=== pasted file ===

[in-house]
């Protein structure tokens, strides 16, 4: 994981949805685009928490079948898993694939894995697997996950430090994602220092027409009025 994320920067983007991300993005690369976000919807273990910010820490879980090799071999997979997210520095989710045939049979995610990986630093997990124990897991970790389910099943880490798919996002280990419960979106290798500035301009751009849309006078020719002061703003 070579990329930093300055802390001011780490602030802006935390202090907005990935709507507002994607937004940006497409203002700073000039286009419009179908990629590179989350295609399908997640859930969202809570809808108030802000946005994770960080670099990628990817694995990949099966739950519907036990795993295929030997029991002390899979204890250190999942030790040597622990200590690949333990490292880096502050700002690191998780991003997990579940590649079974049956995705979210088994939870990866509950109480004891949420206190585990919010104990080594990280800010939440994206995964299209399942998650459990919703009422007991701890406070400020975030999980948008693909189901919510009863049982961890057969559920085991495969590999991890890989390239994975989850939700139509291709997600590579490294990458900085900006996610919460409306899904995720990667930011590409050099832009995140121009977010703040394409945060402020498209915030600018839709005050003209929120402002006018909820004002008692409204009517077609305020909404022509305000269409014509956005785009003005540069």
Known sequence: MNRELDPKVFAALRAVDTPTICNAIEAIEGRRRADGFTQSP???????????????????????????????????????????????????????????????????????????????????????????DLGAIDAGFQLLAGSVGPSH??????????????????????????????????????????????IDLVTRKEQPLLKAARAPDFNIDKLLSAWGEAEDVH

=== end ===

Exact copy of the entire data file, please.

[in-house]
């Protein structure tokens, strides 16, 4: 994981949805685009928490079948898993694939894995697997996950430090994602220092027409009025 994320920067983007991300993005690369976000919807273990910010820490879980090799071999997979997210520095989710045939049979995610990986630093997990124990897991970790389910099943880490798919996002280990419960979106290798500035301009751009849309006078020719002061703003 070579990329930093300055802390001011780490602030802006935390202090907005990935709507507002994607937004940006497409203002700073000039286009419009179908990629590179989350295609399908997640859930969202809570809808108030802000946005994770960080670099990628990817694995990949099966739950519907036990795993295929030997029991002390899979204890250190999942030790040597622990200590690949333990490292880096502050700002690191998780991003997990579940590649079974049956995705979210088994939870990866509950109480004891949420206190585990919010104990080594990280800010939440994206995964299209399942998650459990919703009422007991701890406070400020975030999980948008693909189901919510009863049982961890057969559920085991495969590999991890890989390239994975989850939700139509291709997600590579490294990458900085900006996610919460409306899904995720990667930011590409050099832009995140121009977010703040394409945060402020498209915030600018839709005050003209929120402002006018909820004002008692409204009517077609305020909404022509305000269409014509956005785009003005540069």
Known sequence: MNRELDPKVFAALRAVDTPTICNAIEAIEGRRRADGFTQSP???????????????????????????????????????????????????????????????????????????????????????????DLGAIDAGFQLLAGSVGPSH??????????????????????????????????????????????IDLVTRKEQPLLKAARAPDFNIDKLLSAWGEAEDVH